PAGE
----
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Article
August 17, 1994

Estrogen Replacement Therapy in Breast Cancer SurvivorsA Time for Change

Author Affiliations

Hematology-Oncology Associates, Denver, Colo; Rush-Presbyterian-St Luke's Medical Center, Chicago, Ill; The Johns Hopkins Oncology Center, Baltimore, Md; Dana Farber Cancer Institute, Boston, Mass; University of Wisconsin-Madison; Fox Chase Cancer Center, Philadelphia, Pa; Denver Colo; Emory University School of Medicine, Atlanta, Ga; Northwestern University, Chicago, Ill; Indiana University, Indianapolis; Sylvester Comprehensive Caner Center, Miami, Fla; Fairfax Oncology Associates, Annandale, Va; Albert Einstein Cancer Center, New York, NY; H. Lee Moffitt Cancer Center, Tampa, Fla; ECOG Operations Office, Denver, Colo.
From the Rush-Presbyterian-St Luke's Medical Center, Chicago, Ill (Dr Coblaigh); Hematology-Oncology Associates, Denver, Colo (Dr Berris); The Johns Hopkins School of Hygiene and Public Health (Dr Bush), and The Johns Hopkins Oncology Center (Dr Davidson), Baltimore, Md; Fairfax Oncology Associates, Annandale, Va (Dr Robert); Albert Einstein Cancer Center, New York, NY (Dr Sparano); Eastern Cooperative Oncology Group Operations Office, Denver, Colo (Dr Tormey); and Emory University School of Medicine, Atlanta, Ga (Mr Wood).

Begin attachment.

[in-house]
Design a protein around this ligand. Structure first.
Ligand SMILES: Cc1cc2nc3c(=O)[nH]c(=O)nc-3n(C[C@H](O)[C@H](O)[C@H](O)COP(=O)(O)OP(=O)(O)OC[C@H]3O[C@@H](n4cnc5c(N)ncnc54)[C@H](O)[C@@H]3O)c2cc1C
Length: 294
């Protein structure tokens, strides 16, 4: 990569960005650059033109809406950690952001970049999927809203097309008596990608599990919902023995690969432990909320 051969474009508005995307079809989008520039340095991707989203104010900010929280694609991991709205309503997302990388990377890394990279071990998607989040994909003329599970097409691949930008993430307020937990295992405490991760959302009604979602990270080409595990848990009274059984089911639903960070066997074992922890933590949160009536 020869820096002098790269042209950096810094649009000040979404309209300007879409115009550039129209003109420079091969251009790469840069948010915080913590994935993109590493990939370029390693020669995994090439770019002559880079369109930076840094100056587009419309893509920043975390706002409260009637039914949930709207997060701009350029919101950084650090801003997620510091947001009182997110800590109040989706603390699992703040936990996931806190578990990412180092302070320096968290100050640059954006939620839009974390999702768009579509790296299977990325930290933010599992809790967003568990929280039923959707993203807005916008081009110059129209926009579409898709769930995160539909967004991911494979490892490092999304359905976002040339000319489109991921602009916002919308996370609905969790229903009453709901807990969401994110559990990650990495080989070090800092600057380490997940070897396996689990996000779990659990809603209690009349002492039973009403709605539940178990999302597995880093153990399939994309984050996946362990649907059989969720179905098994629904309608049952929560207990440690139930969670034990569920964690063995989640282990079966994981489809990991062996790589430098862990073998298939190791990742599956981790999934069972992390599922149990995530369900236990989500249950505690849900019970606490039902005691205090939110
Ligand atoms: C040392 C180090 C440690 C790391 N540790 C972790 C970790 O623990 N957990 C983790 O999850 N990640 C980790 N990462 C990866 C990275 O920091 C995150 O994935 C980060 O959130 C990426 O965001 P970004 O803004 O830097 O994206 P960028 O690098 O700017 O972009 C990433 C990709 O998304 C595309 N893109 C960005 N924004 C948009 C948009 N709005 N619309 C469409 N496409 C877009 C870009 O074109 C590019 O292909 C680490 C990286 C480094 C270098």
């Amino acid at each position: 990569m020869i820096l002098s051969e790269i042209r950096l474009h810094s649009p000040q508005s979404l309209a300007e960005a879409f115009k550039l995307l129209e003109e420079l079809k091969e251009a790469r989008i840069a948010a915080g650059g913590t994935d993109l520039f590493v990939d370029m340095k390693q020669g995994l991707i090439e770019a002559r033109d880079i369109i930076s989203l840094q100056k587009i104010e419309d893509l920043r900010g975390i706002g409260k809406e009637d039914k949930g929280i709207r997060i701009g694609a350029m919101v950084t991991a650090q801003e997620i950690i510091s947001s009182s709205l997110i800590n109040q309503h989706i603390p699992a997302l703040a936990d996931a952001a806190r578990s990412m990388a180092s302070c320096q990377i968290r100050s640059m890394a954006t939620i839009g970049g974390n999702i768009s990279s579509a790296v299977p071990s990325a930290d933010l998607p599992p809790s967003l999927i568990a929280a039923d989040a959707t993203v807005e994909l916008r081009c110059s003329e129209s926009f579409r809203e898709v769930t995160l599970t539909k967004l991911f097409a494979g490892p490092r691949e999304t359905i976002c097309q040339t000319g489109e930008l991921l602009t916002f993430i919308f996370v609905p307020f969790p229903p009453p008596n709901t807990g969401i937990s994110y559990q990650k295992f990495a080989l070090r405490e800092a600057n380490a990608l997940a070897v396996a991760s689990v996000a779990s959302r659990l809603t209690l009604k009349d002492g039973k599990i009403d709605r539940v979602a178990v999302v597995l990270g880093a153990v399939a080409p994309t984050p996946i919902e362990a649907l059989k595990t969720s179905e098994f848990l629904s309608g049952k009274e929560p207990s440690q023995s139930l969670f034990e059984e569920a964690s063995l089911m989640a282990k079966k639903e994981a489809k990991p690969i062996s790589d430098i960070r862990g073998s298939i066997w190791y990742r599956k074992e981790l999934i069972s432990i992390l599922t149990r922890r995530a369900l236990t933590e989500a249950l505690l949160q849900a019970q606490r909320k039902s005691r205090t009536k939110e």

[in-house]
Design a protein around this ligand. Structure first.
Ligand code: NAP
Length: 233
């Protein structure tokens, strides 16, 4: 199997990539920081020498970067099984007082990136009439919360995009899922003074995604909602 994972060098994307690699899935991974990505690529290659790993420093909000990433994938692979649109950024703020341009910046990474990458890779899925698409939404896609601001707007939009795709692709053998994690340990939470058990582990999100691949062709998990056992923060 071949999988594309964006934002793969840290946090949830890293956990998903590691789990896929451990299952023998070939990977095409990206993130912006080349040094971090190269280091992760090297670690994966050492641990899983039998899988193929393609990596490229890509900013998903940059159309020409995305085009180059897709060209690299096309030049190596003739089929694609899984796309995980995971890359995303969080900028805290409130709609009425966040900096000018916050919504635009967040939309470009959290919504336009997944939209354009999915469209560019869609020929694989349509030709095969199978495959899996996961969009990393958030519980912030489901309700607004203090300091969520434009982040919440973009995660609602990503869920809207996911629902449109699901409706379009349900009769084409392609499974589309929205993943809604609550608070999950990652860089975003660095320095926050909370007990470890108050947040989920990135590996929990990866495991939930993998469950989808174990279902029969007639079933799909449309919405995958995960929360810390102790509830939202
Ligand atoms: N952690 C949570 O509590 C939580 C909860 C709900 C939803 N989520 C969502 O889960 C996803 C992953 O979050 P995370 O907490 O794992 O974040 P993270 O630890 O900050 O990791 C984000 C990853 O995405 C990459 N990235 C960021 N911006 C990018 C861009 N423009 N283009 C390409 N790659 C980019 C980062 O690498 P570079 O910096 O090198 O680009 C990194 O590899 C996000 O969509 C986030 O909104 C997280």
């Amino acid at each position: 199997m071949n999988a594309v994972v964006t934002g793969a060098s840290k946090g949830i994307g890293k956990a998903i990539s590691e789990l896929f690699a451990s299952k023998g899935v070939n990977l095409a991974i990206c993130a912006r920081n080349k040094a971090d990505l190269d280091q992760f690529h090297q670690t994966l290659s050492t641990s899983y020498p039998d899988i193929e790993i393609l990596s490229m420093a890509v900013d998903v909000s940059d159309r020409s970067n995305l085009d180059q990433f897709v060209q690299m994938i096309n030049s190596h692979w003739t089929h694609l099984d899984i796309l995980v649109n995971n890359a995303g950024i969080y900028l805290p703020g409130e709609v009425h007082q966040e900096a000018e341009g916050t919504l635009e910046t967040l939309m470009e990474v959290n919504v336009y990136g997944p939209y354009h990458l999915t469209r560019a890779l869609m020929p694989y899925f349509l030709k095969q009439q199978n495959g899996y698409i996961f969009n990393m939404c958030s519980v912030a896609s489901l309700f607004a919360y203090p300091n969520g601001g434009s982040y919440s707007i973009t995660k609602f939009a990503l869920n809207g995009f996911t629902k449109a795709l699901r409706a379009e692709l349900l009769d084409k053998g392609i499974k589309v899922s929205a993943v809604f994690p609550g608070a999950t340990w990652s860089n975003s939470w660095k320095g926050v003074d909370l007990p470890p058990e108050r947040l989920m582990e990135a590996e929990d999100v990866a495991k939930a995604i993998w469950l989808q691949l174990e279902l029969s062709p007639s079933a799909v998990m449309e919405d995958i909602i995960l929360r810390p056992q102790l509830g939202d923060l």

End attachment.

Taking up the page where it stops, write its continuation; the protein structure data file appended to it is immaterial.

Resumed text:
JAMA. 1994;272(7):540-545. doi:10.1001/jama.1994.03520070060039
Abstract

POSTMENOPAUSAL women often experience annoying and sometimes debilitating menopausal symptoms, and breast cancer survivors are no exception. Hot flashes, dyspareunia, atrophic vaginitis with attendant urinary tract symptoms, sleep disturbance, and mood change are among these symptoms. Coronary artery disease and osteoporosis may be more insidious, but potentially fatal consequences of menopausal estrogen decline. Estrogen replacement therapy (ERT) has been shown to ameliorate these problems,1,2 and as informed consumers, breast cancer survivors are increasingly inquiring about and/or requesting ERT.3

There are more breast cancer survivors alive now than ever before, so their nononcologic health problems are a growing concern. A dramatic rise in the incidence rates of breast cancer occurred in the United States between 1982 and 1987, presumably because of increased screening.4 The incidence of noninvasive and of small, invasive, axillary nodenegative breast cancers rose concurrently.4 Five-year survival rates for breast cancer patients also have been

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